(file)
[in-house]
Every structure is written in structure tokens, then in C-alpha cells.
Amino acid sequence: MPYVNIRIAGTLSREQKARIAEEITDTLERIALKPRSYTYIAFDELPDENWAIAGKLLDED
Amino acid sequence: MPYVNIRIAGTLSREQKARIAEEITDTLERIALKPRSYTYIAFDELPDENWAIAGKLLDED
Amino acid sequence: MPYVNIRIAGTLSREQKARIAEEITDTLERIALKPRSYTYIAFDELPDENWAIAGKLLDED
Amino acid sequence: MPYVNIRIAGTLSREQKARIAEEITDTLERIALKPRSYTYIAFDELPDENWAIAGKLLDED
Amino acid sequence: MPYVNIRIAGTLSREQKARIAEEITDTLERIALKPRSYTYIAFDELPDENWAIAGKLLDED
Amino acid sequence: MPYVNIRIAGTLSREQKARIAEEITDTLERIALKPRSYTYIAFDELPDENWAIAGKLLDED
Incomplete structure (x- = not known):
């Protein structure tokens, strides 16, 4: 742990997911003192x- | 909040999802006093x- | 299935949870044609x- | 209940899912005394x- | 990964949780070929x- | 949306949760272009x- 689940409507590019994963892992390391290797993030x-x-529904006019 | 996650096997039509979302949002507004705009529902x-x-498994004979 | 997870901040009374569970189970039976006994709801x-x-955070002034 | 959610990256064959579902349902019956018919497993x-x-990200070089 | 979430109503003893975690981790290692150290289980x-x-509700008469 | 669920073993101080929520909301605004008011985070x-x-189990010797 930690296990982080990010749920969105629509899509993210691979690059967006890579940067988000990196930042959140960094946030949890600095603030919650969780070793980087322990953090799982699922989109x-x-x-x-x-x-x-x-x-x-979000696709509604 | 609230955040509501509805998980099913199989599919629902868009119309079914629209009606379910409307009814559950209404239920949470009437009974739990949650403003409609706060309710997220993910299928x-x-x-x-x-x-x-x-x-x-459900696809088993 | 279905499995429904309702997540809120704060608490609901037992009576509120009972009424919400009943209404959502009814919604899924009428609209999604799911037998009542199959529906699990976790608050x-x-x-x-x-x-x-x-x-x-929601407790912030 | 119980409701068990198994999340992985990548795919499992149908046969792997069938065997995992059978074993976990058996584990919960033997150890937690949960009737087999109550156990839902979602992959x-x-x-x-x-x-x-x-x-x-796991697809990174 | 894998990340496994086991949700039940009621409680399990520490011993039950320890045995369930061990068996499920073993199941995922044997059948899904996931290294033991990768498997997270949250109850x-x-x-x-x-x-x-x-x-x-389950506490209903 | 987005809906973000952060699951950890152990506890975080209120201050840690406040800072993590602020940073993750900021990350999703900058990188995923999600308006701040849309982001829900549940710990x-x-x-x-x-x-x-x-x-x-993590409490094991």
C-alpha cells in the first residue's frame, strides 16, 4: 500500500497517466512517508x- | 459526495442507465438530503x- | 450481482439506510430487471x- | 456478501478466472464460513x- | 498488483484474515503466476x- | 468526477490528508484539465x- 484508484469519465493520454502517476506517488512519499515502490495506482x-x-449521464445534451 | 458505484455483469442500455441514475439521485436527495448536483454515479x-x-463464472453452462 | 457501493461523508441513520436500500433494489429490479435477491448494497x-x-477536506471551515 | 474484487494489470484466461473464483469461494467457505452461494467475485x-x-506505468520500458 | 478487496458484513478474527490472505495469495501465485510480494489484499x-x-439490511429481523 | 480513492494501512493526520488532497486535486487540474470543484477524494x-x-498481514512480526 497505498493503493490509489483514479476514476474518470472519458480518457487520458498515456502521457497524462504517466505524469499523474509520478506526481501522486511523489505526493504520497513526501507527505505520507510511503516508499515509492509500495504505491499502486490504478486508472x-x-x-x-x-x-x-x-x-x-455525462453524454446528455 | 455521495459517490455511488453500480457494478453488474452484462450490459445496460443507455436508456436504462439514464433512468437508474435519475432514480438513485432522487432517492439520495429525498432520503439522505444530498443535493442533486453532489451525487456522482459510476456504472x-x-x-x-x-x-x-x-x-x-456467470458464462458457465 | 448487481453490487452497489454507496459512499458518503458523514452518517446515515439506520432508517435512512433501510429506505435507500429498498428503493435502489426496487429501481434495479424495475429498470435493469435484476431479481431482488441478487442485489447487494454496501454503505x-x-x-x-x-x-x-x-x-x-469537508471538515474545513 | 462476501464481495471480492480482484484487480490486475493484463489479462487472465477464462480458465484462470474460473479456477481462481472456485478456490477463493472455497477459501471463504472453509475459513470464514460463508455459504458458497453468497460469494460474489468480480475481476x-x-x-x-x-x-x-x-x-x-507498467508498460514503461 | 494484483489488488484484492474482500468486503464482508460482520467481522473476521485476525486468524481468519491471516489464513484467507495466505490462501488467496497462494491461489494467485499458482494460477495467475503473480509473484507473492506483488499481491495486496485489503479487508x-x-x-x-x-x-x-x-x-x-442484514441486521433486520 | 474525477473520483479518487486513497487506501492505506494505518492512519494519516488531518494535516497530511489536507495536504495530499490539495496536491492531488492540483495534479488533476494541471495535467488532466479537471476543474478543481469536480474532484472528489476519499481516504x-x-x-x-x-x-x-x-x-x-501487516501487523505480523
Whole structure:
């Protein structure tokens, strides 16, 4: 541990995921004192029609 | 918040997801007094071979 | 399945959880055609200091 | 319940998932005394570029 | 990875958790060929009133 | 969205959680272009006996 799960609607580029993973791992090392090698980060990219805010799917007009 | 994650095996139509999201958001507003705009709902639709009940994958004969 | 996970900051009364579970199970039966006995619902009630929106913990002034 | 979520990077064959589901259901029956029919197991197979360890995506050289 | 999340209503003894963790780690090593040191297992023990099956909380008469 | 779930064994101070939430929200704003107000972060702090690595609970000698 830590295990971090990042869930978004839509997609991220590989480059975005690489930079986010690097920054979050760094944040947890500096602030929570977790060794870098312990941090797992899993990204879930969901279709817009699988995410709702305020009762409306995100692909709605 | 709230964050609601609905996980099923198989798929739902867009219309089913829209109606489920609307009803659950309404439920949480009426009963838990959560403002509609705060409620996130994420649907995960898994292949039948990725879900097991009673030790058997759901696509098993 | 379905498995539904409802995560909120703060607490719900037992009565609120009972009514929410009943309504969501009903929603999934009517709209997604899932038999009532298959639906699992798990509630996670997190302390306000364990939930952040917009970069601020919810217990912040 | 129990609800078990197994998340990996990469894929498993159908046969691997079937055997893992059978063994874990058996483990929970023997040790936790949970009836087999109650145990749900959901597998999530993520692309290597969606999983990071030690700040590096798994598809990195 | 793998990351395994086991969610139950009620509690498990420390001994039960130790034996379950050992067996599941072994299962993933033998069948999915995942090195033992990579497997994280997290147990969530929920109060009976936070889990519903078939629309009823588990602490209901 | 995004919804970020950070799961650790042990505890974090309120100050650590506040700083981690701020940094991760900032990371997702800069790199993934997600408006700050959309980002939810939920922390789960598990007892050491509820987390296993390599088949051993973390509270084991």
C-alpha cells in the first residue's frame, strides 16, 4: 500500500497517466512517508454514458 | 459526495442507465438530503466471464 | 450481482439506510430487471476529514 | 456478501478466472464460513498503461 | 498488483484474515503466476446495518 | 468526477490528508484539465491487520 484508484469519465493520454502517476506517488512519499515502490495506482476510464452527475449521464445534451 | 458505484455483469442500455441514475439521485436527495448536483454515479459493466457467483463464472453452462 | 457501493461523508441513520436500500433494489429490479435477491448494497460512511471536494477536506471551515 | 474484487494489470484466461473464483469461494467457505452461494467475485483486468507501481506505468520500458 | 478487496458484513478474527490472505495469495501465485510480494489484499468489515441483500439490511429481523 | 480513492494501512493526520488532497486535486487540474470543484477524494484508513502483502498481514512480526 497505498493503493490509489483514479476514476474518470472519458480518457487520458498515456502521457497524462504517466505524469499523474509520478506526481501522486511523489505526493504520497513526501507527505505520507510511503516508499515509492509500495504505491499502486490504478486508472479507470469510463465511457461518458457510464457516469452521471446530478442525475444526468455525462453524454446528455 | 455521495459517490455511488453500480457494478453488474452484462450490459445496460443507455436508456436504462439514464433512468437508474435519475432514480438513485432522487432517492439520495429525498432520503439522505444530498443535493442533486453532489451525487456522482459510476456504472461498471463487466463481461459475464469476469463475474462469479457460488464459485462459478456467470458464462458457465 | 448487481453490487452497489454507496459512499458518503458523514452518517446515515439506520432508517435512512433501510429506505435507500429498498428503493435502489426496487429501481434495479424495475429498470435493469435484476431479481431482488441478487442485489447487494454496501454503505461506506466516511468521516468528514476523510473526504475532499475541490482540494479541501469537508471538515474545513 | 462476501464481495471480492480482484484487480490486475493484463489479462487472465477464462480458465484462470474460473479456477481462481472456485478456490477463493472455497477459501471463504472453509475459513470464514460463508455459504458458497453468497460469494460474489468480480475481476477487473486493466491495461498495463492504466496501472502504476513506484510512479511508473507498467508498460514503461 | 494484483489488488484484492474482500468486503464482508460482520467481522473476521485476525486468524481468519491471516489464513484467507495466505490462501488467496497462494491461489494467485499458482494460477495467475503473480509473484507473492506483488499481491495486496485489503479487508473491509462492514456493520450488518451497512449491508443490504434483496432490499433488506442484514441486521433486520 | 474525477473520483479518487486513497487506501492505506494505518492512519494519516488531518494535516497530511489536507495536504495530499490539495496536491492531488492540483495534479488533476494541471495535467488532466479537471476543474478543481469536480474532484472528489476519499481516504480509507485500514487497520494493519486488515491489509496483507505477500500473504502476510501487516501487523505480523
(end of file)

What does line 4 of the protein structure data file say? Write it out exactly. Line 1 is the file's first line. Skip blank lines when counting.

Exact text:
Amino acid sequence: MPYVNIRIAGTLSREQKARIAEEITDTLERIALKPRSYTYIAFDELPDENWAIAGKLLDED